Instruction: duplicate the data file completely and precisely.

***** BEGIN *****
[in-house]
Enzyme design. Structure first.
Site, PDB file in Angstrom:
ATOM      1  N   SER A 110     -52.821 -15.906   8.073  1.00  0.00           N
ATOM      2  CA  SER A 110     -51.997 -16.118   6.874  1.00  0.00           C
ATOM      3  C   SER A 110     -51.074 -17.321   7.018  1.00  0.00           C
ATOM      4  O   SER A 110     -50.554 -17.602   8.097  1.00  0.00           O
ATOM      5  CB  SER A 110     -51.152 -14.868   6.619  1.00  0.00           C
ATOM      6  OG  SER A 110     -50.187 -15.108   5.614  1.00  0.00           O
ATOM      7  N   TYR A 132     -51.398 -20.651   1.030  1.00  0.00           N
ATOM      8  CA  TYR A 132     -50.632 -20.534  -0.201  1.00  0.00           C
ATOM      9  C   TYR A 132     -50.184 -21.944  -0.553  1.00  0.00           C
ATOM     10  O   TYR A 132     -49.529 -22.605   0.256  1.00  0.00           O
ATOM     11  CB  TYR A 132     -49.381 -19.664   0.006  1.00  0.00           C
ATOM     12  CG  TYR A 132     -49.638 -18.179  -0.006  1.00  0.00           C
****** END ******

[in-house]
Enzyme design. Structure first.
Site, PDB file in Angstrom:
ATOM      1  N   SER A 110     -52.821 -15.906   8.073  1.00  0.00           N
ATOM      2  CA  SER A 110     -51.997 -16.118   6.874  1.00  0.00           C
ATOM      3  C   SER A 110     -51.074 -17.321   7.018  1.00  0.00           C
ATOM      4  O   SER A 110     -50.554 -17.602   8.097  1.00  0.00           O
ATOM      5  CB  SER A 110     -51.152 -14.868   6.619  1.00  0.00           C
ATOM      6  OG  SER A 110     -50.187 -15.108   5.614  1.00  0.00           O
ATOM      7  N   TYR A 132     -51.398 -20.651   1.030  1.00  0.00           N
ATOM      8  CA  TYR A 132     -50.632 -20.534  -0.201  1.00  0.00           C
ATOM      9  C   TYR A 132     -50.184 -21.944  -0.553  1.00  0.00           C
ATOM     10  O   TYR A 132     -49.529 -22.605   0.256  1.00  0.00           O
ATOM     11  CB  TYR A 132     -49.381 -19.664   0.006  1.00  0.00           C
ATOM     12  CG  TYR A 132     -49.638 -18.179  -0.006  1.00  0.00           C